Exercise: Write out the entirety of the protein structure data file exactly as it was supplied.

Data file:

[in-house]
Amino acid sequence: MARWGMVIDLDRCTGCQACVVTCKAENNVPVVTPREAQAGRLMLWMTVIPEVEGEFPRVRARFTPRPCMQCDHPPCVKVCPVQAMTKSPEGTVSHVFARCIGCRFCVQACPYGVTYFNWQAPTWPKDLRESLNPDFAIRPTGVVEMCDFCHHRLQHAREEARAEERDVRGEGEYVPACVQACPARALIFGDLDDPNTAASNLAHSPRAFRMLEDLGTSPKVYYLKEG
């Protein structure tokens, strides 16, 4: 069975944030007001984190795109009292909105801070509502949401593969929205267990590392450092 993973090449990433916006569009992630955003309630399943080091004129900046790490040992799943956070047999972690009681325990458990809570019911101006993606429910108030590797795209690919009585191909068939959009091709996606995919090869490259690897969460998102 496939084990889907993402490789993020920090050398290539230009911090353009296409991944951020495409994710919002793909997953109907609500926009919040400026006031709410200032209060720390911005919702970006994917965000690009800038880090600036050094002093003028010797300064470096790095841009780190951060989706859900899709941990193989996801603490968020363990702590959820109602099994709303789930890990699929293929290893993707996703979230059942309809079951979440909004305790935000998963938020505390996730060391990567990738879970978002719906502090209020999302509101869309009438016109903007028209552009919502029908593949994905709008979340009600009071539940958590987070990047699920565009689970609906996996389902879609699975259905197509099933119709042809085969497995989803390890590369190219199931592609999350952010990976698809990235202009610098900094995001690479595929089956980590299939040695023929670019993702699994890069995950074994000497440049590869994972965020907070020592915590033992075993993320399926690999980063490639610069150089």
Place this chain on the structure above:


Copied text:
[in-house]
Amino acid sequence: MARWGMVIDLDRCTGCQACVVTCKAENNVPVVTPREAQAGRLMLWMTVIPEVEGEFPRVRARFTPRPCMQCDHPPCVKVCPVQAMTKSPEGTVSHVFARCIGCRFCVQACPYGVTYFNWQAPTWPKDLRESLNPDFAIRPTGVVEMCDFCHHRLQHAREEARAEERDVRGEGEYVPACVQACPARALIFGDLDDPNTAASNLAHSPRAFRMLEDLGTSPKVYYLKEG
């Protein structure tokens, strides 16, 4: 069975944030007001984190795109009292909105801070509502949401593969929205267990590392450092 993973090449990433916006569009992630955003309630399943080091004129900046790490040992799943956070047999972690009681325990458990809570019911101006993606429910108030590797795209690919009585191909068939959009091709996606995919090869490259690897969460998102 496939084990889907993402490789993020920090050398290539230009911090353009296409991944951020495409994710919002793909997953109907609500926009919040400026006031709410200032209060720390911005919702970006994917965000690009800038880090600036050094002093003028010797300064470096790095841009780190951060989706859900899709941990193989996801603490968020363990702590959820109602099994709303789930890990699929293929290893993707996703979230059942309809079951979440909004305790935000998963938020505390996730060391990567990738879970978002719906502090209020999302509101869309009438016109903007028209552009919502029908593949994905709008979340009600009071539940958590987070990047699920565009689970609906996996389902879609699975259905197509099933119709042809085969497995989803390890590369190219199931592609999350952010990976698809990235202009610098900094995001690479595929089956980590299939040695023929670019993702699994890069995950074994000497440049590869994972965020907070020592915590033992075993993320399926690999980063490639610069150089």
Place this chain on the structure above: